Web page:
As to the 85 F/1.8: I have shot several of these, and neither could really enamour me at all. Which is why I eventually got an 85L. However, that is typically a lens I do not use for macro, as this lens is not good at macro at all. For anything else it is a gem, of course :).

Since you have a 40 F/2.8, I guess it could be quite good at macro with a narrow extension tube (11 or 12 mm) - haven't tried that one yet, should give it a go I guess.

BTW, I use the 50L extensively for macro too, despite it being an F/1.2 lens. It just renders beautifully in macro mode.
I had the 50L for a while, and then got a 135L. Between these two, I completely stopped using the 100 macro, as I personally found the shots from the 50L and 135L in macro mode (with extension tubes) to be much more pleasant to my eyes that those taken with the 100 macro. I eventually sold the 100 macro. I did test a 100L macro as well, but was not happy about its performance in low light conditions, IQ-wise. I also own a 185L macro, and that IMO is in a different league to the 100 macro lenses, but it is, of course, a much different FL, and generally a little long for portraiture.

Do note, BTW, that all of the IF macro lenses change FL drastically when focusing closer. F.e., at 1:1, the EF-S 60 is a 50 mm lens, and the 100 F/2.8 and 100L become 70 mm lenses at 1:1.

HTH, kind regards, Wim


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vengence
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Jul 20, 2014 09:06 |  #11

The 100 f/2.8 is a great portrait lens. It's not as nice as the 135L or the 85L, but it's also a hell of a lot less money and is a stunningly good macro lens.




  
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Nissanfairladyz32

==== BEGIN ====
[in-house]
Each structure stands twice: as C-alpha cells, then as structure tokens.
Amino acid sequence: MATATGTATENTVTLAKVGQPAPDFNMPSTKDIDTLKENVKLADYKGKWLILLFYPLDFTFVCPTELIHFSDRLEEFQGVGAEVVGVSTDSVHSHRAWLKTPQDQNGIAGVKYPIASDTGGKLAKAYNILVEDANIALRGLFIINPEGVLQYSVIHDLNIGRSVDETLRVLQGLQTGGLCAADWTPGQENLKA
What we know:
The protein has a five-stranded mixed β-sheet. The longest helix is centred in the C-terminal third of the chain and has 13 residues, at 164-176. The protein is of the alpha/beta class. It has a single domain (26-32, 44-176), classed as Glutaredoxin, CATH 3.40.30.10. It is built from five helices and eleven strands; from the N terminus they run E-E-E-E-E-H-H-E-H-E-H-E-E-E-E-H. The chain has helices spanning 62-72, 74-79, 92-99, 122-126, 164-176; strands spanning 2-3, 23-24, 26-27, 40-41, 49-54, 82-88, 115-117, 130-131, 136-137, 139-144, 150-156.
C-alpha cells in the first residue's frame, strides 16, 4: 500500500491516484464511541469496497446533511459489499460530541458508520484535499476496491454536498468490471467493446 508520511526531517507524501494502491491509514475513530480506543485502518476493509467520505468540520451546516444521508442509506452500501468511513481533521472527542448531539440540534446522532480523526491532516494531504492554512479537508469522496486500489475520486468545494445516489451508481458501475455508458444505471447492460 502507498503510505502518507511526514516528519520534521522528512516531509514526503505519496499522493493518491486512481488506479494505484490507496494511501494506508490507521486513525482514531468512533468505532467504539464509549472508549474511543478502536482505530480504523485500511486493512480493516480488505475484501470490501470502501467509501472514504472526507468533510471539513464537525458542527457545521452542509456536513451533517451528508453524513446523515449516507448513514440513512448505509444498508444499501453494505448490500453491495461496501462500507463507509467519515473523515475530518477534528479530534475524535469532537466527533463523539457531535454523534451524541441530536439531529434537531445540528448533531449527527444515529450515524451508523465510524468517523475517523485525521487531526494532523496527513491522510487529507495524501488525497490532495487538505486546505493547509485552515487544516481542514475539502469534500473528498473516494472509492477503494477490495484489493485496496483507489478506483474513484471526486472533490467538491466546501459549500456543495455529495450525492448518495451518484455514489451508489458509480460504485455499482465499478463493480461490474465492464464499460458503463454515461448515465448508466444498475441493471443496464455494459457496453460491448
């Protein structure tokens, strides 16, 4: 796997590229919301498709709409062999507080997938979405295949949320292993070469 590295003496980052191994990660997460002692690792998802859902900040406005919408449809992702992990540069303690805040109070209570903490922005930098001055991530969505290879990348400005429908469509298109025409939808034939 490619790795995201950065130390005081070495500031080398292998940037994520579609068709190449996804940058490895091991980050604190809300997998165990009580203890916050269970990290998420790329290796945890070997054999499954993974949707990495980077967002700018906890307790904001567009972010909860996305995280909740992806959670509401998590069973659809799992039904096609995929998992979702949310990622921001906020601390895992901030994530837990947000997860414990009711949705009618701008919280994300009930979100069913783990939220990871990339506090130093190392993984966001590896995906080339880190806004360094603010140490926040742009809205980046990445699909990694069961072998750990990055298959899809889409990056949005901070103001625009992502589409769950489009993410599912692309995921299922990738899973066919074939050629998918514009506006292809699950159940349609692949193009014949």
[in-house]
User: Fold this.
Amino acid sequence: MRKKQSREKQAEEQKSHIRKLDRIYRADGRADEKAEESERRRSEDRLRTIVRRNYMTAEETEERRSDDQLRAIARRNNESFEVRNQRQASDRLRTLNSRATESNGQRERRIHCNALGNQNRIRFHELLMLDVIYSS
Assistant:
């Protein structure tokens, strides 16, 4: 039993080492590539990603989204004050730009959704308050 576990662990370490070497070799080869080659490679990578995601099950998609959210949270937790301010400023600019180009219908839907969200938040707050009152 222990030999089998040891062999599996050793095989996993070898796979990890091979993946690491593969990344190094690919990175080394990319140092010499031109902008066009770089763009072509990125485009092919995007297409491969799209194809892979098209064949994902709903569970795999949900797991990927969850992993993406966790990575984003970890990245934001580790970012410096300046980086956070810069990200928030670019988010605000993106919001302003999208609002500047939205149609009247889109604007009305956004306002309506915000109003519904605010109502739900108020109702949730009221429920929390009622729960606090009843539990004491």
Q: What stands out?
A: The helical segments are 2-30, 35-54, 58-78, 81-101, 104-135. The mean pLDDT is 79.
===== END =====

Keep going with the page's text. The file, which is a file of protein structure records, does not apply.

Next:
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Jul 20, 2014 16:55 |  #12

Thinking about what lens to get gives me a headache. There are way to many that do different things better.


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LeeRatters
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Jul 20, 2014 17:27 |  #13

With regard to DOF & blur [not quality of] amounts would there be much difference between 100mm at f/2.8 & 135L at f/2 taking into account the closer camera subject distance of the 100mm to get the same framing?


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nightcat
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Jul 20, 2014 17:36 |  #14

Nissanfairladyz32 wrote in post #17042418 (external link)
Will the 100 2.0 put the back ground out of focus more then the 85 1.8 ? i understand the 100 has more compression but lacks the 1.8 so are they pretty much even ? or does the extra 15mm of focal length out weigh the .2 aperture difference ?

All i have is the 24-105 and 70-200 both f4's so i need something fast for portraits, something tells me if i get the 135L id never use the 70-200.

Years ago I had the 85mm 1.8. I switched to the 100mm f2 because of several things. The 100mm had smoother bokeh (the out of focal background you refer to), I liked the additional 15mm of focal length, and the 100mm f2 had less CA wide open. But again, if you really want macro, then the non IS version of the 100mm 2.8 will give you a nice portrait lens, and you'll have macro to boot.




  
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vengence
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Jul 20, 2014 19:32 |  #15

LeeRatters wrote in post #17044468 (external link)
With regard to DOF & blur [not quality of] amounts would there be much difference between 100mm at f/2.8 & 135L at f/2 taking into account the closer camera subject distance of the 100mm to get the same framing?

It's not a simple answer, however the complete answer is here:

http://howmuchblur.com …m-f2-on-a-3m-wide-subject (external link)




  
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portraits on 100mm macro 2.8 / Or Not such a good idea ?